Batiste’s second claim of prosecutorial misconduct misconstrues the record.  At the beginning of his closing argument, the prosecutor, while discussing the testimony of Larry Taylor, pointed out that Taylor had no reason to “misidentify the defendant” as the shooter.  This argument was proper, as any bias or lack of bias of a witness is relevant to that witness’s credibility.  Taylor testified that before the shooting, he had seen Batiste hanging around the house where the shooting occurred.   Thus, there was at least a possibility that Taylor could identify Batiste from the neighborhood association, rather than from the shooting, and that the neighborhood dispute could have given Taylor a motive to falsely identify Batiste as the shooter.  The logic of the prosecutor’s argument was that Taylor would not deliberately misidentify the shooter because, if he did, the real shooter would escape punishment and be free to assault him again.  That argument, which was relevant to Taylor’s credibility and did not raise any improper inference with regard to Batiste, was proper. 

But the prosecutor went on to say,

                        Because [Taylor] knows that a proper verdict that speaks

                        the truth in this case will prevent Mr. Batiste from trying

                        to kill him again.

            This argument improperly asked the jury to convict Batiste to prevent future harm, not because Batiste is guilty.  However, the comment is a single sentence in a 37-page argument.  See generally State v. Stephani, 369 N.W.2d 540, 547  (Minn. App. 1985) (noting that appellate court must consider closing argument in its entirety, not phrase-by-phrase), review denied (Minn. Aug. 20, 1985).  Also, Batiste did not object to the comment.  See State v. Ture, 353 N.W.2d 502, 516  (Minn. 1984) (holding that defendant ordinarily waives claim of improper prosecutorial argument by failing to object).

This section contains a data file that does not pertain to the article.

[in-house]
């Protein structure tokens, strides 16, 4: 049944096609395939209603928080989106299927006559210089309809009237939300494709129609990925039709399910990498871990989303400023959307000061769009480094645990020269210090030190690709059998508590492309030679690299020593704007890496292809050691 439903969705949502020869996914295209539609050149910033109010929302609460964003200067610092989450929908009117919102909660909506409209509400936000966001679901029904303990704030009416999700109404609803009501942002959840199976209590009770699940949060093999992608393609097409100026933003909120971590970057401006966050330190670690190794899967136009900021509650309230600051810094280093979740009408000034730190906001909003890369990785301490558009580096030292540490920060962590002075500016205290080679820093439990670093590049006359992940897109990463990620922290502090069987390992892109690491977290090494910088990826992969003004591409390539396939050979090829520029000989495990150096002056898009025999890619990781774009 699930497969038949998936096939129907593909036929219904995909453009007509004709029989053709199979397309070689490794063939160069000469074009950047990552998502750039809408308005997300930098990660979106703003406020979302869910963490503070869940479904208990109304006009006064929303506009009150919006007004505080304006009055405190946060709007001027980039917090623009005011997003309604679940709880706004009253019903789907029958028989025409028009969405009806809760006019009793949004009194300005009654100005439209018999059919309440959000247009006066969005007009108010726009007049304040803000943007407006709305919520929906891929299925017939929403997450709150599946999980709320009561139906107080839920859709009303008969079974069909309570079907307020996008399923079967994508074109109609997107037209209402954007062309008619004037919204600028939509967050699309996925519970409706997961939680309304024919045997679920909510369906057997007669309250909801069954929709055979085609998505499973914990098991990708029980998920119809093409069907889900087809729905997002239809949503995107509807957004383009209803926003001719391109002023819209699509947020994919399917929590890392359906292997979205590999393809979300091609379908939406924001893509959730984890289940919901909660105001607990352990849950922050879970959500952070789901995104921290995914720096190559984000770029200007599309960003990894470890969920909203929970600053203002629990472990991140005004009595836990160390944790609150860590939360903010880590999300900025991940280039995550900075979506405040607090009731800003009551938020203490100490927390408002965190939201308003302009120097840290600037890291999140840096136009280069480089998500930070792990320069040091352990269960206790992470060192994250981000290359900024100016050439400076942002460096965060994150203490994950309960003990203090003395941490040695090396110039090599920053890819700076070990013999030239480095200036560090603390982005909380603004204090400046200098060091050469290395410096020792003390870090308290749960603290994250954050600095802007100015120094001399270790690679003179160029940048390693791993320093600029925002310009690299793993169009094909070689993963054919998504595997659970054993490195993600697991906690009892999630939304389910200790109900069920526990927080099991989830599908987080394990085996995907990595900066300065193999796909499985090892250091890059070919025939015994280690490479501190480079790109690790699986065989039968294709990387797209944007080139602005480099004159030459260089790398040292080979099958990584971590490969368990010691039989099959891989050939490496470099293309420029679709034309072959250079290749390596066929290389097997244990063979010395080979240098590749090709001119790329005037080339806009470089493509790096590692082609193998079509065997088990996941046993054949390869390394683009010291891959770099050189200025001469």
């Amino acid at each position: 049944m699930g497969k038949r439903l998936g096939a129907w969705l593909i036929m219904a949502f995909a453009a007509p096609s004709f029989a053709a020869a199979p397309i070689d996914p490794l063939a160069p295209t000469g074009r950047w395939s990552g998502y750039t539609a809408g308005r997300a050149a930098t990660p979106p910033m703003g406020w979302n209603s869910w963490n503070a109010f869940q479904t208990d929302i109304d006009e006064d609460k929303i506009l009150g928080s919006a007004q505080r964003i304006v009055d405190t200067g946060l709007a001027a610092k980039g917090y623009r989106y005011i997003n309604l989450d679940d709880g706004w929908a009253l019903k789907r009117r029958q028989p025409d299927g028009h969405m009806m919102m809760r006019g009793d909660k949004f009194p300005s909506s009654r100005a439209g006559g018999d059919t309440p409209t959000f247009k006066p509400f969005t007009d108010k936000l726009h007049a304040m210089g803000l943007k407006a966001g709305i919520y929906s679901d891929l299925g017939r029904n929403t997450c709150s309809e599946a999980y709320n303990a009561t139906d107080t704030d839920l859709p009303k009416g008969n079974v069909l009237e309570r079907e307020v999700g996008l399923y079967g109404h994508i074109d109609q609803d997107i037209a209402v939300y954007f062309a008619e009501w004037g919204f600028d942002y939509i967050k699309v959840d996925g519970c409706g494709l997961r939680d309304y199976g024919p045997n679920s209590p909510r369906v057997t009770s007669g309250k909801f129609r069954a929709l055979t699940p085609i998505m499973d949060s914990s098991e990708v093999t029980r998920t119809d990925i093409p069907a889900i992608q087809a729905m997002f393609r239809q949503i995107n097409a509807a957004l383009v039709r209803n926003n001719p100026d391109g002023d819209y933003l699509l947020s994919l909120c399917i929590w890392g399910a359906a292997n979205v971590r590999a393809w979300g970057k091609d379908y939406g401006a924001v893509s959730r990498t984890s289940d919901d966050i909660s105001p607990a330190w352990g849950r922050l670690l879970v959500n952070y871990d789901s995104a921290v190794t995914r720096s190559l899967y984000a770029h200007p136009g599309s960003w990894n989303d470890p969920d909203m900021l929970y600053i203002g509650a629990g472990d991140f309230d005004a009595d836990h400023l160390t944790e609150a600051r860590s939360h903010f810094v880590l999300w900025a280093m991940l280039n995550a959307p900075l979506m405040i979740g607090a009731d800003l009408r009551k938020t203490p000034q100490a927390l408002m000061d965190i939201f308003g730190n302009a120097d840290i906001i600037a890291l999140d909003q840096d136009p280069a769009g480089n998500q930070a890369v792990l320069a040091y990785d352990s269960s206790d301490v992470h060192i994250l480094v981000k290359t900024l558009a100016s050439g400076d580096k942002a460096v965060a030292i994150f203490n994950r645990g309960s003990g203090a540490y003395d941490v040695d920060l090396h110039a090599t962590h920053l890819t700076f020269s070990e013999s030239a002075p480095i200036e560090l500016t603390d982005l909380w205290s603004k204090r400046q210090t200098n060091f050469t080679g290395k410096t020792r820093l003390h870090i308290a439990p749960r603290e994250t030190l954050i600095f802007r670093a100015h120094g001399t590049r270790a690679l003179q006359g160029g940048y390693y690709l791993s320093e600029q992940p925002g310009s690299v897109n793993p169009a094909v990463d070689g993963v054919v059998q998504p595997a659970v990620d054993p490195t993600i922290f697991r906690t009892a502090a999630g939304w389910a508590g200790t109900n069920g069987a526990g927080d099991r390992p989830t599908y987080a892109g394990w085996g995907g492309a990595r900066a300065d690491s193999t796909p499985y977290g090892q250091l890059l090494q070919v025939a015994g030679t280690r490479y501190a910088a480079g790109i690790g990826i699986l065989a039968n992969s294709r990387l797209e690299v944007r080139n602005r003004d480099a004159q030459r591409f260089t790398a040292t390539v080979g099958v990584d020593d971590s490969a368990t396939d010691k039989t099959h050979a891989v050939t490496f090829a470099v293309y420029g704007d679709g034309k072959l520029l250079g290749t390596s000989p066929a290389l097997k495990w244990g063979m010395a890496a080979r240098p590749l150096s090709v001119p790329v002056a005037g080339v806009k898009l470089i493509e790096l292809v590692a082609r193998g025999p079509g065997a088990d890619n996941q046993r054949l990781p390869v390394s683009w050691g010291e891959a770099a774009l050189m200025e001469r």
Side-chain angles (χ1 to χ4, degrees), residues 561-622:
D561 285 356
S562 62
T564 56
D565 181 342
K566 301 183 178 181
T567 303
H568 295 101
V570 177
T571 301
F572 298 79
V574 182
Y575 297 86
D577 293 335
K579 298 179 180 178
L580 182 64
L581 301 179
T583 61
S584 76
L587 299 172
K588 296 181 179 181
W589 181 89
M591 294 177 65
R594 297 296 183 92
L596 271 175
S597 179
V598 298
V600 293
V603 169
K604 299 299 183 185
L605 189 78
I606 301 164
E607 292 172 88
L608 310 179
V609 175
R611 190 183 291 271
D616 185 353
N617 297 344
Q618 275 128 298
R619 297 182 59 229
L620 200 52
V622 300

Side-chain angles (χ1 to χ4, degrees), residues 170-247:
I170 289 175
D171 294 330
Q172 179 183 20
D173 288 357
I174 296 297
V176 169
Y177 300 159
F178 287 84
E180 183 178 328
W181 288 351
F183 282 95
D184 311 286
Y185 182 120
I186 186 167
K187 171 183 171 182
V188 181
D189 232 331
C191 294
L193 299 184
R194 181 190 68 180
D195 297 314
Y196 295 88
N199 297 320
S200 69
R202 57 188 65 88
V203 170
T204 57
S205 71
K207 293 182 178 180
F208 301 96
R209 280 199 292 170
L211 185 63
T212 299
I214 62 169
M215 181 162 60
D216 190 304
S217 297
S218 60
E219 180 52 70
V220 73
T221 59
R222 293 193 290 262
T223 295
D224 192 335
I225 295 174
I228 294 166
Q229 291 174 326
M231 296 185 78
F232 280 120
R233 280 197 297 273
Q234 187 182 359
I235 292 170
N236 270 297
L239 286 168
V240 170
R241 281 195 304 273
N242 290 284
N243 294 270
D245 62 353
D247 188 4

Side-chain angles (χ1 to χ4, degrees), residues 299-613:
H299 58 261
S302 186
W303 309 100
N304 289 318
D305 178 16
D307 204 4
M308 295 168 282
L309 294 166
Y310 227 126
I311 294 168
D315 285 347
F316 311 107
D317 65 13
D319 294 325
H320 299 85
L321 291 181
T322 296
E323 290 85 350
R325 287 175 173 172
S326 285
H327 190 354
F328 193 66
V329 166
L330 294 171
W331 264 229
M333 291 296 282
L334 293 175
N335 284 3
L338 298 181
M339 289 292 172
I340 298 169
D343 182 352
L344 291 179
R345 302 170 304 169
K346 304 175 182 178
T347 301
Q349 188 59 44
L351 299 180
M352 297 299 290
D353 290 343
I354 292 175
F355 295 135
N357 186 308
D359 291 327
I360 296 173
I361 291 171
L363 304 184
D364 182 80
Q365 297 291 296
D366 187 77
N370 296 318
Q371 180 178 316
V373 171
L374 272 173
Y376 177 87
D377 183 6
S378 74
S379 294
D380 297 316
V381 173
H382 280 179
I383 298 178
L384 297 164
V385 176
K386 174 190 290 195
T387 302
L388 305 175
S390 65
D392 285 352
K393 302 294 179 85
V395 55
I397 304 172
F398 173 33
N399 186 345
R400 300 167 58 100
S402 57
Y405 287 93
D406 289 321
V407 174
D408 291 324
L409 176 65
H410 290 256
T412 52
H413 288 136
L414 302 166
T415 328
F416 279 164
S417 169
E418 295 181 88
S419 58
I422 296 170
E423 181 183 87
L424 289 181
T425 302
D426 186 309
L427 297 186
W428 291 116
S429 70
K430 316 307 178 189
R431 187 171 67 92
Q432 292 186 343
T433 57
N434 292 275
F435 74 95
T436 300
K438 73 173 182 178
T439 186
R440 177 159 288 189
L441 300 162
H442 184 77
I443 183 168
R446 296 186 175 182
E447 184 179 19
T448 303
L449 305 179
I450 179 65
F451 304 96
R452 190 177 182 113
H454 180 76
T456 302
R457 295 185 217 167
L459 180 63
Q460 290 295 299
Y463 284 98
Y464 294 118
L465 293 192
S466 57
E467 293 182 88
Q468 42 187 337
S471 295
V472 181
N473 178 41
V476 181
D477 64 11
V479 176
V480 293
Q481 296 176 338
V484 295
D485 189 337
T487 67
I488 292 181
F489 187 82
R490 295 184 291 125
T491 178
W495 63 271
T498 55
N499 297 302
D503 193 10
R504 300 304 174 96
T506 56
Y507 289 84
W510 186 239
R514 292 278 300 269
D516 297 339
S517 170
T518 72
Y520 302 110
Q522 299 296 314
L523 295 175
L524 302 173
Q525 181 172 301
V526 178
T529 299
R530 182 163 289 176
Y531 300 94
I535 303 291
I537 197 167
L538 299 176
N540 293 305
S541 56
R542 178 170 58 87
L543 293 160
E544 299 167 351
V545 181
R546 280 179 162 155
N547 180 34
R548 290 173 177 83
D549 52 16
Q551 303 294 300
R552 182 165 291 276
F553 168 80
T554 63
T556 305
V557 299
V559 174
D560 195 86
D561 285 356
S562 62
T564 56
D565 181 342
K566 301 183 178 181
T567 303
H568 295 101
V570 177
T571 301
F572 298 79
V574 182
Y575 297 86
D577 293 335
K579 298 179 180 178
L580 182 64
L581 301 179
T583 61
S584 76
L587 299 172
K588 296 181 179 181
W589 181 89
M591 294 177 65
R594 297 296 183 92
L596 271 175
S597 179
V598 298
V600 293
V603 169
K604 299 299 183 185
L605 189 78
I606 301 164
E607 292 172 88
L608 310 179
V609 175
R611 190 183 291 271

It is improper for a prosecutor to infer that the jury should convict the defendant for any reason other than that he is guilty.  See generally State v. Ashby, 567 N.W.2d 21, 27 (Minn. 1997) (holding the prosecutor must not distract jury from proper role of deciding whether state has met its burden of proof).  It was as improper to ask the jury to convict in order to protect Taylor as it would be to ask them to use their verdict to protect themselves or society in general.  See State v. Post, 512 N.W.2d 99, 103 (Minn. 1994) (holding it was improper to argue jury could use verdict to protect society from “the next individual with a gun in his hand”).  But in this case, the jury would have had to believe that Batiste was the shooter in order to think it necessary to protect Taylor from him.

            A new trial will not be granted for prosecutorial misconduct unless one of two standards is met.  For cases involving “unusually serious” misconduct, the court may affirm only if it is certain beyond a reasonable doubt that the misconduct was harmless.  State v. Caron, 300 Minn. 123, 127-28, 218 N.W.2d 197, 200 (1974).  For cases involving less serious misconduct, the test is whether the misconduct likely played a substantial part in influencing the jury to convict.  Id.

            The prosecutor’s single improper comment here, taken in the context of the entire argument, was not “unusually serious” misconduct.  Moreover, the evidence of Batiste’s guilt, including Taylor’s identification; the identification, although less than certain, of a bystander; Batiste’s motive and opportunity; the abundant evidence of his presence at the scene and his later flight to Florida and Louisiana; was particularly strong.  The improper suggestion that the jury should protect Taylor from Batiste did not likely play a substantial part in influencing the jury to convict.